Poor waste management practices cause serious health risks by creating potential vector breeding grounds, contaminating water sources and creating feeding risks to livestock. The accumulation of solid waste often causes blockages in drainage channels and environmental health problems associated with stagnant and polluted surface water; fire risks; and air pollution if the waste is burnt.
Oxfam Technical Briefs:
Example equipment specifications from the Oxfam Supply Centre:
- All programmes should undertake a solid waste audit to determine whether solid waste is a risk and what activities have to be done to reduce the risks. At a minimum the following questions should be included in the audit:
- Is solid waste a problem?
- How do people dispose of their waste?
- What type and quantity of solid waste is produced in households and in public places (markets, schools, transport hubs)?
- Has there been specific waste generated by the disaster? (e.g. rubble following an earthquake, or animal carcasses after flooding or drought).
- Can solid waste be disposed of on site, or does it need to be collected and disposed of offsite?
- Are there medical facilities and activities producing waste? How is this being disposed of? Who is responsible for this?
- Which government and other agencies are involved in waste management? What are their roles and responsibilities and have these changed as a result of the emergency situation?
- Personal Protective Equipment and clothing (gloves, boots, mask) should be provided for volunteers and staff working on waste management activities, as well as including soap for washing.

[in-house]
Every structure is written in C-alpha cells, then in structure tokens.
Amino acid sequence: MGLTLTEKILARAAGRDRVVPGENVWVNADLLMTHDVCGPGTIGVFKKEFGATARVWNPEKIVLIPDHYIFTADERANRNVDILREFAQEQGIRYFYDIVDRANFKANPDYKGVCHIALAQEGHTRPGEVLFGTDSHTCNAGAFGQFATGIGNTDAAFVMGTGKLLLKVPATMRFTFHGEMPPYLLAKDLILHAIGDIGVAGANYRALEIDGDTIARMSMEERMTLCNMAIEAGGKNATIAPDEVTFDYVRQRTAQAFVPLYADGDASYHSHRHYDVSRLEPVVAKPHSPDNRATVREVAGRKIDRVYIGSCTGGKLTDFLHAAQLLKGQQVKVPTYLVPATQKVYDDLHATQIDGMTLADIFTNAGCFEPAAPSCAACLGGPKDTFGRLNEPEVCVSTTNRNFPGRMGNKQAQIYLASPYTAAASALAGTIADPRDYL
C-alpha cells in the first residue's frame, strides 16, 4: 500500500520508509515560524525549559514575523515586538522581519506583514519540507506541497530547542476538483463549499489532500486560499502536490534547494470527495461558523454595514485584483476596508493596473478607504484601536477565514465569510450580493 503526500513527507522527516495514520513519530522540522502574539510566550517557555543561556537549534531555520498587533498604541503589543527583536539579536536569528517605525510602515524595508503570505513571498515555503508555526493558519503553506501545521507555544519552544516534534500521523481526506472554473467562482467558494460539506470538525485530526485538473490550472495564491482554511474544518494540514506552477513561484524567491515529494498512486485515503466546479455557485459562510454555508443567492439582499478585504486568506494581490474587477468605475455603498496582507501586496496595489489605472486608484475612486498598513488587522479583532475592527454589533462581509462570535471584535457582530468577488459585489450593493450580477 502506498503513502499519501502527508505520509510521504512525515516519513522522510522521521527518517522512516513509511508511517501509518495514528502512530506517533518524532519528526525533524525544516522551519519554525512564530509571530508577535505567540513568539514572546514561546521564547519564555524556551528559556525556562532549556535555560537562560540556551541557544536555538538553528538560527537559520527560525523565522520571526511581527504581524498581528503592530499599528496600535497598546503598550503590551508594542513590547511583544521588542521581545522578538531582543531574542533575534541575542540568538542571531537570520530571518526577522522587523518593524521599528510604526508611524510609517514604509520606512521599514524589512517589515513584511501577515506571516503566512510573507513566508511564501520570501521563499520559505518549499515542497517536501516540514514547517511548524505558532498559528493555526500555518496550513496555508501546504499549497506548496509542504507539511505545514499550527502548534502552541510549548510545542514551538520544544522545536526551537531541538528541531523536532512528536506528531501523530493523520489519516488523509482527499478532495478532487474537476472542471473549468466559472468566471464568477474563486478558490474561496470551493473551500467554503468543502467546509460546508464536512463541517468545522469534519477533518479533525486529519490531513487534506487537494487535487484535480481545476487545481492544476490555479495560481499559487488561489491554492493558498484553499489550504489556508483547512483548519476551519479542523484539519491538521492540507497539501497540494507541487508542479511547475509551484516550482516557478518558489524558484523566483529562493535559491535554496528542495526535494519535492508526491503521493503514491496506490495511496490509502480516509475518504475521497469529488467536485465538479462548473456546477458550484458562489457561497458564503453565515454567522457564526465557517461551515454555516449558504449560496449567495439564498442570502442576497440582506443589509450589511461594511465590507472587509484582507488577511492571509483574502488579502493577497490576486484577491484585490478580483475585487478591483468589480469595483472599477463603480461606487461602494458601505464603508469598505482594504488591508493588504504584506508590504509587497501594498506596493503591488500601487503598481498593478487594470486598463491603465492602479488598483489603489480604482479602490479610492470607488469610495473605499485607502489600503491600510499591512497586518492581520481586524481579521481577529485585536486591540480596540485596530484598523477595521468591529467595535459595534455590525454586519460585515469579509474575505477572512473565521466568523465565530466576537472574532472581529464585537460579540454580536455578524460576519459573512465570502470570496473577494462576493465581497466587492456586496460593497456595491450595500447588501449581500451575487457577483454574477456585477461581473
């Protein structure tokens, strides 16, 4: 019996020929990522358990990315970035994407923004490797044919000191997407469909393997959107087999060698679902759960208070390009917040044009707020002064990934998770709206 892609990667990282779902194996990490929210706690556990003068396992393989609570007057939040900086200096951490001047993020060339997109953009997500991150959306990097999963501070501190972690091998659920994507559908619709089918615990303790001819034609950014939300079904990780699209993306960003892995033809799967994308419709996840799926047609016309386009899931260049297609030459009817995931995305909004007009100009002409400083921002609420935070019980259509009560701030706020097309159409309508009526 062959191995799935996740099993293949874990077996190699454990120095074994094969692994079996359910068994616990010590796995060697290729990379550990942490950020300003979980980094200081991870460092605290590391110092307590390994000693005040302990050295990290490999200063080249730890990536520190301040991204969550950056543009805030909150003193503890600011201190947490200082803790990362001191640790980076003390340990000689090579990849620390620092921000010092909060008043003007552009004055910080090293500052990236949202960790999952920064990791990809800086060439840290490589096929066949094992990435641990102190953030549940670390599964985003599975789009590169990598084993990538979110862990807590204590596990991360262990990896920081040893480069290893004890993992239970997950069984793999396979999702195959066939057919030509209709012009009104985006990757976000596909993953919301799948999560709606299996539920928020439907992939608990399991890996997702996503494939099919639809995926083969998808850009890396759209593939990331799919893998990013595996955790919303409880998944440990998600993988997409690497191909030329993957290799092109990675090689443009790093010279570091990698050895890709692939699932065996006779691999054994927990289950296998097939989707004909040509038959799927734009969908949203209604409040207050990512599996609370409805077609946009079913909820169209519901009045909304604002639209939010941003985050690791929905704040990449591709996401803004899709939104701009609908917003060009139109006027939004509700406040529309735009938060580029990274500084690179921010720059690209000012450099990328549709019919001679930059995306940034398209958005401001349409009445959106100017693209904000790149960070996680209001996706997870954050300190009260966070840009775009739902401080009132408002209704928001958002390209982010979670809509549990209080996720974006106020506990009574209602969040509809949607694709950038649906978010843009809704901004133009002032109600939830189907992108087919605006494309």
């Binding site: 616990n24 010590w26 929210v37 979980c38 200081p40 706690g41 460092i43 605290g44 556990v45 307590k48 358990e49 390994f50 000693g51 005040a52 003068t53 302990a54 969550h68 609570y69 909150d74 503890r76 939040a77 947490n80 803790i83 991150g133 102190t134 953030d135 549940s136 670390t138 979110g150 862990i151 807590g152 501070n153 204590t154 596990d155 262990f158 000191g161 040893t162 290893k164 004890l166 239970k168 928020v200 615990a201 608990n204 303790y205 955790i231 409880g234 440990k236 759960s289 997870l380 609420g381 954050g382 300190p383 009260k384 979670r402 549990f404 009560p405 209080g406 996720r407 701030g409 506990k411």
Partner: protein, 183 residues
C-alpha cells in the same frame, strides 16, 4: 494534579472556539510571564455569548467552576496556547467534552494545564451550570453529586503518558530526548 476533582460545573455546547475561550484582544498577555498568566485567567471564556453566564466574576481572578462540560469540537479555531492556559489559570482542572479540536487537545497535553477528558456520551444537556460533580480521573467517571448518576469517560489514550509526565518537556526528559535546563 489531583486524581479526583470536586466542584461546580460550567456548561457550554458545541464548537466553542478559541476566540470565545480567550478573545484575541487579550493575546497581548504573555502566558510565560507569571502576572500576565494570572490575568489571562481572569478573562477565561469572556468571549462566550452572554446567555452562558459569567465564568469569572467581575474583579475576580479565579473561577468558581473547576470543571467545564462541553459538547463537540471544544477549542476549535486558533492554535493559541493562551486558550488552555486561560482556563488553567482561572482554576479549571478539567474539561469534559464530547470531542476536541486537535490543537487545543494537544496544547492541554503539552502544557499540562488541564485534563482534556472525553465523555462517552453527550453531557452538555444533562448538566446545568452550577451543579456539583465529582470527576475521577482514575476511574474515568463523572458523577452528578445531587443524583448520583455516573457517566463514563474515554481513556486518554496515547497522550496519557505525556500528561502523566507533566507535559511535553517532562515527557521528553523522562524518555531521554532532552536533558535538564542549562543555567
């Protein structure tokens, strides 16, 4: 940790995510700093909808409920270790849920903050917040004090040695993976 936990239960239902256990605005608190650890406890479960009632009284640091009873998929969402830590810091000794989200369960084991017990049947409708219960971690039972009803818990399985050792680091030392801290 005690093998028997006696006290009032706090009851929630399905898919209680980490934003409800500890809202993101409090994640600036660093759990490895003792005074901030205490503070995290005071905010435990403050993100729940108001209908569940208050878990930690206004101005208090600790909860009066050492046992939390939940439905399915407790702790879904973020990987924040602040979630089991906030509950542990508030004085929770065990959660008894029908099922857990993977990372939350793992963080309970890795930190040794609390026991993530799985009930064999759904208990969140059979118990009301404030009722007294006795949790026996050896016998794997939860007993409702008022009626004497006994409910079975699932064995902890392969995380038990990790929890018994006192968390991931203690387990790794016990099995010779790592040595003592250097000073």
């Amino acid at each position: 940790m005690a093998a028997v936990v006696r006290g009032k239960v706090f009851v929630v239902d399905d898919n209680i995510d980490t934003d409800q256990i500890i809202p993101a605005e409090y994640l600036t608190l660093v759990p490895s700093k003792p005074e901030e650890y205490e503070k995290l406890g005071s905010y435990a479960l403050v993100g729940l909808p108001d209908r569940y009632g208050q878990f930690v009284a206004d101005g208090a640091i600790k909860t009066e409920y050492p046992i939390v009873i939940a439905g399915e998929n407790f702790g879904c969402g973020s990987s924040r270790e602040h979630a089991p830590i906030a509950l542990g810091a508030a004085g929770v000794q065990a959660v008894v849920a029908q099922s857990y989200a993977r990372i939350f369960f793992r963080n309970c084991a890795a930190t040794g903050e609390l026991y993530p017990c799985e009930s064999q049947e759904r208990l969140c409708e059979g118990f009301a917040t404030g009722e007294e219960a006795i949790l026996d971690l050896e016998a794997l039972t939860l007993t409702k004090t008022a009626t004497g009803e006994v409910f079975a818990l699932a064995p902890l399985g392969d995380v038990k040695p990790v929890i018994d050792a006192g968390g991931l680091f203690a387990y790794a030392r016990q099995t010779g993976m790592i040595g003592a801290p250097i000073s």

Household Waste Disposal
- If disposal at a household level is promoted, the preference is for waste to be put into small pits and regularly covered with soil or ash to reduce smells, flies, rodents, etc. Pits should be:
- >10m from dwellings.
- >15m from water sources.
- At least 1.5m above water table.
- Approximately 1 - 1.5m deep.
- Surrounded by a small fence to avoid accidents and scavenging.
- When waste reaches just below the surface, the waste should be compacted and covered with soil.
- WASH programmes should not promote household-level burning of waste for the following reasons:
- Health impacts – burning of waste (in particular plastics) produces toxic fumes that are harmful to humans and animals, and in particular to young children.
- Safety impacts – from uncontrolled burning near to houses.
- Nuisance impacts of constant smoke.
- Environmental impacts of atmospheric CO2 emissions.
Hazardous Waste Management
- A variety of hazardous wastes may be produced in the course of WASH activities or other humanitarian operations: these require specific attention to avoid environmental and groundwater pollution and for health and safety reasons.
- If WASH staff are unsure of how to treat or dispose of hazardous waste they should always seek advice from Regional or Oxford-based WASH Advisors.
- WASH staff should ensure all Oxfam WASH activities associated with hazardous waste are in compliance with national environmental legislation and international best practice.
- Specific examples of hazardous wastes which may be encountered through WASH activities include:
- Non-sterile Delagua membranes and pads should be made safe by autoclaving or burning (dry them first).
- Alum residual from water treatment operations should be buried.
- Expired or surplus chemicals (e.g. chlorine, mosquito insecticide) should be contained in sealed plastic drums before landfill disposal if no specialist disposal is available.